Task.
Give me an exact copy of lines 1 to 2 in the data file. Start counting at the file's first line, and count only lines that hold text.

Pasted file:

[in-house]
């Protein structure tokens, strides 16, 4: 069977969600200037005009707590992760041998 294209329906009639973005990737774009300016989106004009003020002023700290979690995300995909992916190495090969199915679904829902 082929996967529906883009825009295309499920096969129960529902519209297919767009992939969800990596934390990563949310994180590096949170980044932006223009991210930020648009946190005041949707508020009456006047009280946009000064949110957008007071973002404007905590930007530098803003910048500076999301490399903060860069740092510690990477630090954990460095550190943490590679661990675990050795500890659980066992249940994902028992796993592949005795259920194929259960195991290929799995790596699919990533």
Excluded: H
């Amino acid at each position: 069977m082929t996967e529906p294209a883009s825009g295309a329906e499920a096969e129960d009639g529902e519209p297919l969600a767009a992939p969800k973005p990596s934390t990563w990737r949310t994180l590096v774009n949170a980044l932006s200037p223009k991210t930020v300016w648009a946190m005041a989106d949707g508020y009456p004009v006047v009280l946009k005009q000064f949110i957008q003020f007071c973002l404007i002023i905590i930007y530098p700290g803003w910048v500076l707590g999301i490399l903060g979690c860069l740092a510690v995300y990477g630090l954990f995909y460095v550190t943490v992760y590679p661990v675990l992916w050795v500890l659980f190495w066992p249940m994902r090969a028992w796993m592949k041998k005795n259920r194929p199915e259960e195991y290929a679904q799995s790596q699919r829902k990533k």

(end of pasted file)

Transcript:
[in-house]
């Protein structure tokens, strides 16, 4: 069977969600200037005009707590992760041998 294209329906009639973005990737774009300016989106004009003020002023700290979690995300995909992916190495090969199915679904829902 082929996967529906883009825009295309499920096969129960529902519209297919767009992939969800990596934390990563949310994180590096949170980044932006223009991210930020648009946190005041949707508020009456006047009280946009000064949110957008007071973002404007905590930007530098803003910048500076999301490399903060860069740092510690990477630090954990460095550190943490590679661990675990050795500890659980066992249940994902028992796993592949005795259920194929259960195991290929799995790596699919990533």